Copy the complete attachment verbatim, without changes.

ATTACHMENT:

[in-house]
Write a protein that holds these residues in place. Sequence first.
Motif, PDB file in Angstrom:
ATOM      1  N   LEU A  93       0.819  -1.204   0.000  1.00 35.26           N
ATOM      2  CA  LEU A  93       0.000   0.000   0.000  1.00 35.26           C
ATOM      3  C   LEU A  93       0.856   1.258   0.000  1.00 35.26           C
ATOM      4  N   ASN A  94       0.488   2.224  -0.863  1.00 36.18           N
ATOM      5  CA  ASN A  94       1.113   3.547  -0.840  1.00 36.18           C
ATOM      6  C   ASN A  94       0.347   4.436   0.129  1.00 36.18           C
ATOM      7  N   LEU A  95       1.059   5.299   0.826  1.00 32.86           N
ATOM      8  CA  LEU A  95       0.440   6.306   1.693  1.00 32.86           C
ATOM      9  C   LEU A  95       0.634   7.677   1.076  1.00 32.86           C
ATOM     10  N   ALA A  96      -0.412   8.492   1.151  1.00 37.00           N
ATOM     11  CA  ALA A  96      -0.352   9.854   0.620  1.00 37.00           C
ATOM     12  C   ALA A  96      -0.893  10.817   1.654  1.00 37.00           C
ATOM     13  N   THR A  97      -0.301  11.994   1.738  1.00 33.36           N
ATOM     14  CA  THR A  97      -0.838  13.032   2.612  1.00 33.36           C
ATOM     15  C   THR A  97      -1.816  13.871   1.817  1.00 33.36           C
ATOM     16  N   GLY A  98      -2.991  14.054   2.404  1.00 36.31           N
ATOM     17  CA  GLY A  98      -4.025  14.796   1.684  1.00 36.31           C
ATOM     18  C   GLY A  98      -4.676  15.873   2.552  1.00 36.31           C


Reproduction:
[in-house]
Write a protein that holds these residues in place. Sequence first.
Motif, PDB file in Angstrom:
ATOM      1  N   LEU A  93       0.819  -1.204   0.000  1.00 35.26           N
ATOM      2  CA  LEU A  93       0.000   0.000   0.000  1.00 35.26           C
ATOM      3  C   LEU A  93       0.856   1.258   0.000  1.00 35.26           C
ATOM      4  N   ASN A  94       0.488   2.224  -0.863  1.00 36.18           N
ATOM      5  CA  ASN A  94       1.113   3.547  -0.840  1.00 36.18           C
ATOM      6  C   ASN A  94       0.347   4.436   0.129  1.00 36.18           C
ATOM      7  N   LEU A  95       1.059   5.299   0.826  1.00 32.86           N
ATOM      8  CA  LEU A  95       0.440   6.306   1.693  1.00 32.86           C
ATOM      9  C   LEU A  95       0.634   7.677   1.076  1.00 32.86           C
ATOM     10  N   ALA A  96      -0.412   8.492   1.151  1.00 37.00           N
ATOM     11  CA  ALA A  96      -0.352   9.854   0.620  1.00 37.00           C
ATOM     12  C   ALA A  96      -0.893  10.817   1.654  1.00 37.00           C
ATOM     13  N   THR A  97      -0.301  11.994   1.738  1.00 33.36           N
ATOM     14  CA  THR A  97      -0.838  13.032   2.612  1.00 33.36           C
ATOM     15  C   THR A  97      -1.816  13.871   1.817  1.00 33.36           C
ATOM     16  N   GLY A  98      -2.991  14.054   2.404  1.00 36.31           N
ATOM     17  CA  GLY A  98      -4.025  14.796   1.684  1.00 36.31           C
ATOM     18  C   GLY A  98      -4.676  15.873   2.552  1.00 36.31           C